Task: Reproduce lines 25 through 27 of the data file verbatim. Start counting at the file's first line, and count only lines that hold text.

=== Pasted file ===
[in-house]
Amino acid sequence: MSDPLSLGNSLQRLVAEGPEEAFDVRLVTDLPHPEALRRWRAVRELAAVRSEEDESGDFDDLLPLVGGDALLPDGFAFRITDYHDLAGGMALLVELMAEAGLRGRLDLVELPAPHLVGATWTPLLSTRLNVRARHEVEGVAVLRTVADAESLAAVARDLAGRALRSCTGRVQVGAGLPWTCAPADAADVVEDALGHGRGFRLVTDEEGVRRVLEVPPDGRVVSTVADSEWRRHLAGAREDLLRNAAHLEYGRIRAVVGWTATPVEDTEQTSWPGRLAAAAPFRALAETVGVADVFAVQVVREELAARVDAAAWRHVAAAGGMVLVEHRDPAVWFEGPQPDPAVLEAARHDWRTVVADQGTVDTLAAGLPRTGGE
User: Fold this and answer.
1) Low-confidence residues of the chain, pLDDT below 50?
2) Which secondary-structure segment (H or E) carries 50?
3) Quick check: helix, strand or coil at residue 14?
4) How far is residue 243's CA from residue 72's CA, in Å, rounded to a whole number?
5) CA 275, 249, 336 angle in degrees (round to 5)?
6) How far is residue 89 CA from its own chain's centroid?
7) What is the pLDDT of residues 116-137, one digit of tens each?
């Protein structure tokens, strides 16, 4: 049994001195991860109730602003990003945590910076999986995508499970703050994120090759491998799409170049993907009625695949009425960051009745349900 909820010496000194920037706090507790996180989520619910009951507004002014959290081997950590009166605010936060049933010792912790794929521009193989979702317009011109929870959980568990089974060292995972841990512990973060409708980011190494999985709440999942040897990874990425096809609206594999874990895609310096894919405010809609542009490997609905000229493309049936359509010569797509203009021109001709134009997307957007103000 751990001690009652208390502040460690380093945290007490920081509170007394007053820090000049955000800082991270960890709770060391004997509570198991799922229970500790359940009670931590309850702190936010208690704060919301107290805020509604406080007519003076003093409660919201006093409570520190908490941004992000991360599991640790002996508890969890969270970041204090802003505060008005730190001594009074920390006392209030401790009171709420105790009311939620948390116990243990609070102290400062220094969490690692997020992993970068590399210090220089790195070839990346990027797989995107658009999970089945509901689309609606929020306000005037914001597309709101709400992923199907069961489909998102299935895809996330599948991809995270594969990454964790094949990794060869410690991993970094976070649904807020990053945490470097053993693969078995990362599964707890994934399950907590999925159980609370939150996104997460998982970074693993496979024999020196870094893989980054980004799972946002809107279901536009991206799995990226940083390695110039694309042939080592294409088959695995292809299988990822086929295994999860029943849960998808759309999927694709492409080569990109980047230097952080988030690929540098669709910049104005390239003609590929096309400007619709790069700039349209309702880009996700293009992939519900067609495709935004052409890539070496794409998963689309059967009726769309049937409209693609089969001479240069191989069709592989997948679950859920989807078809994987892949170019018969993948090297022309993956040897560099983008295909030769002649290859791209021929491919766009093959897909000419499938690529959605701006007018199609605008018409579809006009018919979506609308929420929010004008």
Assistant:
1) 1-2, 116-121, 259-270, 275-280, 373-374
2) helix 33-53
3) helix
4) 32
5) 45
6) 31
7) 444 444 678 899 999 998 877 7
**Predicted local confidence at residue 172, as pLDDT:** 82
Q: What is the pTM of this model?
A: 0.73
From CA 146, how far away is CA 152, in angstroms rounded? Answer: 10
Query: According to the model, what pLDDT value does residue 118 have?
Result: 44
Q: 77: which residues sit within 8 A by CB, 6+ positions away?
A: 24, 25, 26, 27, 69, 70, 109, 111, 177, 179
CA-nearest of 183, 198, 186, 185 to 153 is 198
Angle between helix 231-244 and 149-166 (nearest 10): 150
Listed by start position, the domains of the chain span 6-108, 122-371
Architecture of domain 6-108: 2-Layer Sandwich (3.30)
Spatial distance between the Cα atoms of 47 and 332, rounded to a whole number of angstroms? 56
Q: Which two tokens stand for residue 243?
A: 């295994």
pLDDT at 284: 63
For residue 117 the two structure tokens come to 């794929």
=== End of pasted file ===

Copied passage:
Result: 44
Q: 77: which residues sit within 8 A by CB, 6+ positions away?
A: 24, 25, 26, 27, 69, 70, 109, 111, 177, 179